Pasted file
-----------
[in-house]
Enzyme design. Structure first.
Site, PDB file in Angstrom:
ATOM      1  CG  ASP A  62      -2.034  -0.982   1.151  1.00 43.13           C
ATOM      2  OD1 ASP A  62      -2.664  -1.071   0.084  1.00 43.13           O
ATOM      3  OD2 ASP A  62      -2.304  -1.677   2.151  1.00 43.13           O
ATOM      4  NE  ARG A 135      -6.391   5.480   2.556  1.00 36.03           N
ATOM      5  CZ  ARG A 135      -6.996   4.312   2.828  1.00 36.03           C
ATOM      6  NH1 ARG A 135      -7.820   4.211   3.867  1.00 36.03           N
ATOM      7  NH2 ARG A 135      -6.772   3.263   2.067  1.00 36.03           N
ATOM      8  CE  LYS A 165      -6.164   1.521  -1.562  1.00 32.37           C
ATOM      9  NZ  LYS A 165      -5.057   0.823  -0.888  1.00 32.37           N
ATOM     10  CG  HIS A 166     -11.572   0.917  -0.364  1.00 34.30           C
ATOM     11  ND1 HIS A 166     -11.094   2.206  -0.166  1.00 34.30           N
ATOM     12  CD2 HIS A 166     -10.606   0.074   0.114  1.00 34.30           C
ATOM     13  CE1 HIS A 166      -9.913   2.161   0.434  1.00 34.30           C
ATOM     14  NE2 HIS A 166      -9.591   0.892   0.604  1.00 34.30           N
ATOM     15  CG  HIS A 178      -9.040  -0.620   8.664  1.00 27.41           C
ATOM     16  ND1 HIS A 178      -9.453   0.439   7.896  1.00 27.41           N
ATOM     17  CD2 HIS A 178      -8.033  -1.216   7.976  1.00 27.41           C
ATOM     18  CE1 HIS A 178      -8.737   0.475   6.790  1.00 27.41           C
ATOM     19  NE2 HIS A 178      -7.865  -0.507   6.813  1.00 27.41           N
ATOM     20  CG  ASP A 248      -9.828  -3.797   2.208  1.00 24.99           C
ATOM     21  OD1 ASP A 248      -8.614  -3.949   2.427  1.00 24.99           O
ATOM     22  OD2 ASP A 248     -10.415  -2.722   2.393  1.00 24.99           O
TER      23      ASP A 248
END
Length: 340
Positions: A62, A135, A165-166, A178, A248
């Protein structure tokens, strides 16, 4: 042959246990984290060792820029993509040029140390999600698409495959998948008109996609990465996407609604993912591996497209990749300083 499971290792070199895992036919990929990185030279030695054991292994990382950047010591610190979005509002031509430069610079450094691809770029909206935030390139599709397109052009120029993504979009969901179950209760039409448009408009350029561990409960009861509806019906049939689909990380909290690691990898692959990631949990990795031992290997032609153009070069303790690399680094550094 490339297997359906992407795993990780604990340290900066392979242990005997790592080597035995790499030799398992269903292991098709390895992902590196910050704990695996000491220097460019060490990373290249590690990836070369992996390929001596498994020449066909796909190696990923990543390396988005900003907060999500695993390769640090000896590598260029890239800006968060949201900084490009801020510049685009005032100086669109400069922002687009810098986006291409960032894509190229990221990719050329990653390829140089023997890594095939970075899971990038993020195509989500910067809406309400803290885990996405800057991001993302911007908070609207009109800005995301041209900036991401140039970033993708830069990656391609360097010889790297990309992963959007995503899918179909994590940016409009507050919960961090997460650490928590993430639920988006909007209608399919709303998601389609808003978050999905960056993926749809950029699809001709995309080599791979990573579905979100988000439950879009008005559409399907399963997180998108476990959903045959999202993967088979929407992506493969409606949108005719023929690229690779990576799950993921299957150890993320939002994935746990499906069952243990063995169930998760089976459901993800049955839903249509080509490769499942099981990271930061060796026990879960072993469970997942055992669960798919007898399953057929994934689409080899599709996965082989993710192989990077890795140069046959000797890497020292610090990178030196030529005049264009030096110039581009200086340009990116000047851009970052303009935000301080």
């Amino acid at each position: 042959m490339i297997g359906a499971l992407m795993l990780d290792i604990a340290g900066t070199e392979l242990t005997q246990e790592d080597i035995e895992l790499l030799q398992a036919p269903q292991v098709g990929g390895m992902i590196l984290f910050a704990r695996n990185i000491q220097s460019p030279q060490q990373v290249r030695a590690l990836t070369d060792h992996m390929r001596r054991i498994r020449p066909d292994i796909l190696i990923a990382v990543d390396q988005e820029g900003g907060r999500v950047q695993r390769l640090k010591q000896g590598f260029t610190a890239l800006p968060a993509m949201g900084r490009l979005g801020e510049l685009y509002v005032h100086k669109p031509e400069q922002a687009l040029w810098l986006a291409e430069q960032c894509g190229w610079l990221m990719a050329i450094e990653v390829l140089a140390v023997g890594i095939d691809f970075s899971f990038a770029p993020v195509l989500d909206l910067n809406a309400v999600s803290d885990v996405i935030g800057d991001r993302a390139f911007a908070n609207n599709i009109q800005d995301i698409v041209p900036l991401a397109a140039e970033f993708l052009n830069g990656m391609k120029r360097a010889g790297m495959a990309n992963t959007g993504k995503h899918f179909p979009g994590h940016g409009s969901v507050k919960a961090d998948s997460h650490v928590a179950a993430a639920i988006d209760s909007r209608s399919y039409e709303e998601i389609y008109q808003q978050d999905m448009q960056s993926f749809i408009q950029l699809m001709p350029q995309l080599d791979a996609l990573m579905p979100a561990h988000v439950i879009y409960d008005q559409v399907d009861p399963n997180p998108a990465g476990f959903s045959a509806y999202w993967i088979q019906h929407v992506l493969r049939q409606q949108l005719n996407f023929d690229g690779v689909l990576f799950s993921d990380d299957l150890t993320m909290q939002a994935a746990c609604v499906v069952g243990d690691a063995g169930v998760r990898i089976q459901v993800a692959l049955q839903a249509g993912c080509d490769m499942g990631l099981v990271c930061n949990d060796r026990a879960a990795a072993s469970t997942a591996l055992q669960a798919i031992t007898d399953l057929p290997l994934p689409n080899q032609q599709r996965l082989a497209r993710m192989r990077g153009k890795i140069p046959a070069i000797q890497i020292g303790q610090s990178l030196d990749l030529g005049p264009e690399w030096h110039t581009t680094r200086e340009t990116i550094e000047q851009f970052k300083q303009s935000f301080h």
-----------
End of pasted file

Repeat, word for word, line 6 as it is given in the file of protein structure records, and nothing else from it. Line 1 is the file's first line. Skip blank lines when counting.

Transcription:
ATOM      3  OD2 ASP A  62      -2.304  -1.677   2.151  1.00 43.13           O